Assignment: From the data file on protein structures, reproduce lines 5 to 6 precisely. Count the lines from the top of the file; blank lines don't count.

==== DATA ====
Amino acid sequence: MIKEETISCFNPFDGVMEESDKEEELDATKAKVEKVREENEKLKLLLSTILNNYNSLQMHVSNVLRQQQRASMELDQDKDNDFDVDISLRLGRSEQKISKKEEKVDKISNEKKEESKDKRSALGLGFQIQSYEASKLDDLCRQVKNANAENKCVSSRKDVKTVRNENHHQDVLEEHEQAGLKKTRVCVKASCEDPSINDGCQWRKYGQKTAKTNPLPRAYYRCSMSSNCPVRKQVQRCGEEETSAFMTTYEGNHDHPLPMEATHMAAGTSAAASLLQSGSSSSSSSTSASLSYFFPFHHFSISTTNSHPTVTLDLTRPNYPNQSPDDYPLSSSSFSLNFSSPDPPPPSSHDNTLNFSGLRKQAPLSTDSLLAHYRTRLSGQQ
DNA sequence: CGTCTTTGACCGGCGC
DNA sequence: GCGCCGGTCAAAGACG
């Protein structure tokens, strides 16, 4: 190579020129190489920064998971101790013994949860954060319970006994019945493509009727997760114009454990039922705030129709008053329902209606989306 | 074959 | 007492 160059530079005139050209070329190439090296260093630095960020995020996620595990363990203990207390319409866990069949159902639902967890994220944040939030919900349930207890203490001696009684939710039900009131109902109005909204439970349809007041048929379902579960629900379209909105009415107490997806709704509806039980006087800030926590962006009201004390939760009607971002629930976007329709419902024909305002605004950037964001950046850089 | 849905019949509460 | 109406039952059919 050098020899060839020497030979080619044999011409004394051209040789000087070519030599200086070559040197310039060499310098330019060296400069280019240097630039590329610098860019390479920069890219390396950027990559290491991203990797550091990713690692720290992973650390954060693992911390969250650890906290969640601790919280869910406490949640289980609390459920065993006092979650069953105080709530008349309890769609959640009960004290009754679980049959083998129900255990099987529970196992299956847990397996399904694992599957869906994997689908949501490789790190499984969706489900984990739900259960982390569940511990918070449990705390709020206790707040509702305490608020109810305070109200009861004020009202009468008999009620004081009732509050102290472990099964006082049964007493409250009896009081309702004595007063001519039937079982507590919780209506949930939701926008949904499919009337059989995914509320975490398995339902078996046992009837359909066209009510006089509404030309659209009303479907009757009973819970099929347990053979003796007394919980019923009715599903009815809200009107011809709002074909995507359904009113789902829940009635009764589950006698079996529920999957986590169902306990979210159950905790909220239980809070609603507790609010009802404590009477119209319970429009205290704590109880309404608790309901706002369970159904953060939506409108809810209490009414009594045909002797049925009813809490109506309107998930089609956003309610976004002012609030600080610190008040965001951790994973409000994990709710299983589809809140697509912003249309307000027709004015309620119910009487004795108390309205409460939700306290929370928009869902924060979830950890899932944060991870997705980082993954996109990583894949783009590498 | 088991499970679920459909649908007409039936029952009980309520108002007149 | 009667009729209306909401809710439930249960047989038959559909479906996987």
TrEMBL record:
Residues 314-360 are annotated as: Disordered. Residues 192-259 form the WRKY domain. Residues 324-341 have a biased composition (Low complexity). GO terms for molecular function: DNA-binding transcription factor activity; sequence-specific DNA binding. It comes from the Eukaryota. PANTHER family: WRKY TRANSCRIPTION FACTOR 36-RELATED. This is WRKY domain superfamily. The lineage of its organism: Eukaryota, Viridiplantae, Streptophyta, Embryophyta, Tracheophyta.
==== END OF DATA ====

TrEMBL record:
Residues 314-360 are annotated as: Disordered. Residues 192-259 form the WRKY domain. Residues 324-341 have a biased composition (Low complexity). GO terms for molecular function: DNA-binding transcription factor activity; sequence-specific DNA binding. It comes from the Eukaryota. PANTHER family: WRKY TRANSCRIPTION FACTOR 36-RELATED. This is WRKY domain superfamily. The lineage of its organism: Eukaryota, Viridiplantae, Streptophyta, Embryophyta, Tracheophyta.